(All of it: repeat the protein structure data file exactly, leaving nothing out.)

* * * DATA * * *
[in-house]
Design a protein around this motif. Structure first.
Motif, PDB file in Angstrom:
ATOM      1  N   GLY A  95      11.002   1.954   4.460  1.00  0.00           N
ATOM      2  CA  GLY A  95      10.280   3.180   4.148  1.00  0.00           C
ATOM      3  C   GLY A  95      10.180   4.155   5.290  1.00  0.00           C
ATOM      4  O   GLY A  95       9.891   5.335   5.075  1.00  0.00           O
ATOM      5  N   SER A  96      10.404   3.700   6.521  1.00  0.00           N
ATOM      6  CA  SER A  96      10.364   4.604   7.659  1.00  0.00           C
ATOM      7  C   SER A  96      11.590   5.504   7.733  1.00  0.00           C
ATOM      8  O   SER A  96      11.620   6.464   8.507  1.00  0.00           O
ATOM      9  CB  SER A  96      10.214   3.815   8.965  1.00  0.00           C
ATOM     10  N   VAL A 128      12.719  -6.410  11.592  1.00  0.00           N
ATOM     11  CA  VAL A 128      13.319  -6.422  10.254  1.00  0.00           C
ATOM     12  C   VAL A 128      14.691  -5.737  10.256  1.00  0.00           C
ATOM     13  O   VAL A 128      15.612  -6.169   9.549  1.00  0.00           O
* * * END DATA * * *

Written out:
[in-house]
Design a protein around this motif. Structure first.
Motif, PDB file in Angstrom:
ATOM      1  N   GLY A  95      11.002   1.954   4.460  1.00  0.00           N
ATOM      2  CA  GLY A  95      10.280   3.180   4.148  1.00  0.00           C
ATOM      3  C   GLY A  95      10.180   4.155   5.290  1.00  0.00           C
ATOM      4  O   GLY A  95       9.891   5.335   5.075  1.00  0.00           O
ATOM      5  N   SER A  96      10.404   3.700   6.521  1.00  0.00           N
ATOM      6  CA  SER A  96      10.364   4.604   7.659  1.00  0.00           C
ATOM      7  C   SER A  96      11.590   5.504   7.733  1.00  0.00           C
ATOM      8  O   SER A  96      11.620   6.464   8.507  1.00  0.00           O
ATOM      9  CB  SER A  96      10.214   3.815   8.965  1.00  0.00           C
ATOM     10  N   VAL A 128      12.719  -6.410  11.592  1.00  0.00           N
ATOM     11  CA  VAL A 128      13.319  -6.422  10.254  1.00  0.00           C
ATOM     12  C   VAL A 128      14.691  -5.737  10.256  1.00  0.00           C
ATOM     13  O   VAL A 128      15.612  -6.169   9.549  1.00  0.00           O